Solve SVD Problem for Sparse Matrix with Intel® Math Kernel Library

ID 672861
Updated 7/10/2017
Version Latest




Intel® Math Kernel Library (Intel® MKL) presents new parallel solution for large sparse SVD problem. Functionality is based on subspace iteration method combined with recent techniques that estimate eigenvalue counts [1]. The idea of underlying algorithm is to split the interval that contains all singular values into subintervals with close to an equal number of values and apply a polynomial filter on each of the subintervals in parallel. This approach allows to solve problems of size up to 10^6 and enables multiple levels of parallelism.

    This functionality is now available for non-commercial use as a separate package that must be linked with installed Intel MKL version. Current version of package supports two functions:

 - Shared memory SVD. Supports parallelization in Open MP.

- Cluster version of SVD. This realization supports MPI parallelization of the independent subproblems defined by each subinterval and matrix operations within each subinterval are Open MP parallel.

Support of the trial package is now limited to linux/windows 64-bit Architectures with only C interface. In future, these limitations will be removed.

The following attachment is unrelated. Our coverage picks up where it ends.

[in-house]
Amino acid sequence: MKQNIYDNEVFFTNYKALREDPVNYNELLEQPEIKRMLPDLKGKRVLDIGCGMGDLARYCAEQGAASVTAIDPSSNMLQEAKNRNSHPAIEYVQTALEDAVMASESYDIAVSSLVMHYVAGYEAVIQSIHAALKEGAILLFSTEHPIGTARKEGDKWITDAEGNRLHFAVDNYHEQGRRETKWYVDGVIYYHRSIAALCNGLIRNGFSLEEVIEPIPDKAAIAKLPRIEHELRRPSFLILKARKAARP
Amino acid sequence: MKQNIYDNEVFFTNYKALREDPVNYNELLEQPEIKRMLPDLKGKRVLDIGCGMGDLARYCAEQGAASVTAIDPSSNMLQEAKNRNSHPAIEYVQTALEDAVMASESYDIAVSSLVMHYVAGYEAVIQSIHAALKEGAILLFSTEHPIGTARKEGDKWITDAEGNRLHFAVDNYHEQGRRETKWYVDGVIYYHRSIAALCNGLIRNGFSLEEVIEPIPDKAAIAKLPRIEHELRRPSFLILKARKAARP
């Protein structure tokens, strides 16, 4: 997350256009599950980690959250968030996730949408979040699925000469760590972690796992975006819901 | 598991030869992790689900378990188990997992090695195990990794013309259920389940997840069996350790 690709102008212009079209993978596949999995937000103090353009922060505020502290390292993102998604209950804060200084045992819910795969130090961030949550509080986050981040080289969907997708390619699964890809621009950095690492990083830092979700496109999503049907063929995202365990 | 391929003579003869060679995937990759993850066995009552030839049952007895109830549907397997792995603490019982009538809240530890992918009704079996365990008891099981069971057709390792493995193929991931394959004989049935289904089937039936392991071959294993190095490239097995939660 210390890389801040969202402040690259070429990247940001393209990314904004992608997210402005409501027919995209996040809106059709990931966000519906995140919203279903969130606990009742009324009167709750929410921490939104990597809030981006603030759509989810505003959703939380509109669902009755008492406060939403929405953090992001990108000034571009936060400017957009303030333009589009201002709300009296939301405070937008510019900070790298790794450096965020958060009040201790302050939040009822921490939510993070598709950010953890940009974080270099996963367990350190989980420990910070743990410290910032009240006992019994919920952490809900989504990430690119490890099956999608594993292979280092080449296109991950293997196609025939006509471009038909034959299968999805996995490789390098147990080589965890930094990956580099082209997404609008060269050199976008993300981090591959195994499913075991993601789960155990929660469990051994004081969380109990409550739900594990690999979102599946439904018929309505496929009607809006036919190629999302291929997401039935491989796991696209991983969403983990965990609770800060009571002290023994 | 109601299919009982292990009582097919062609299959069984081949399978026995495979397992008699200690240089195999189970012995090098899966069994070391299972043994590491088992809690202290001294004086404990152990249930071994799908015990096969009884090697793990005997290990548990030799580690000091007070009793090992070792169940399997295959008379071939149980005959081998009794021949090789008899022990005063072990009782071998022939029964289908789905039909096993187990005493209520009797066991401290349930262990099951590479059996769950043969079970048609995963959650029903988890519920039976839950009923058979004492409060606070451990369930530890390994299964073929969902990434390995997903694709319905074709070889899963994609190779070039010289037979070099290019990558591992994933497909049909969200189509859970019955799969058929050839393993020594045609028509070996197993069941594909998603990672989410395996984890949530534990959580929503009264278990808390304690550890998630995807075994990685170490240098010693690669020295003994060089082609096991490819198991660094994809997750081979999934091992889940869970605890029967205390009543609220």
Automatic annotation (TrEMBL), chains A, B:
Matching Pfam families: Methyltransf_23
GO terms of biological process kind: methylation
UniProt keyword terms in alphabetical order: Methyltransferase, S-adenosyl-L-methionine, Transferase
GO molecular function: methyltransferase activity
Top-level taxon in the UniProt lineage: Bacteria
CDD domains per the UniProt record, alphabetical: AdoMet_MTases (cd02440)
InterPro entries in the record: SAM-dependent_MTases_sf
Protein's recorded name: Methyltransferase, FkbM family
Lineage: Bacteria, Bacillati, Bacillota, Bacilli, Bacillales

Product Overview

Problem statement: Compute several largest/smallest singular values and corresponding (right/left) singular vectors.

    Unlike available in Intel MKL LAPACK and SCALAPACK ?gesvd and p?gesvd functionality [2,3], new package supports sparse input matrix and only part of largest/smallest singular values on output, thus allowing to solve problems of larger size more efficiently.  Current implementation supports input matrix in CSR format and dense singular vectors on output. Customer must specify number of largest/smallest singular values to find as well as desired tolerance of solution. Number of singular values in question can be up to the size of matrix. However, it is up to customer to ensure that enough space is available to store dense output for singular vectors. On output, each MPI rank will store its part of singular values and singular vectors.

The chart below shows MPI scalability for Cluster SVD solver on randomly generated matrix of size 4*10^5 with 1000 largest singular values requested. Chart shows that almost linear scalability is achieved over many MPI processes.

The attached C examples demonstrate how to make these computations. 

Please let us know in the case if you would like to take this evaluation package.

[1] E. Di Napoli, E. Polizzi, Y. Saad, Efficient Estimation of Eigenvalue Counts in an Interval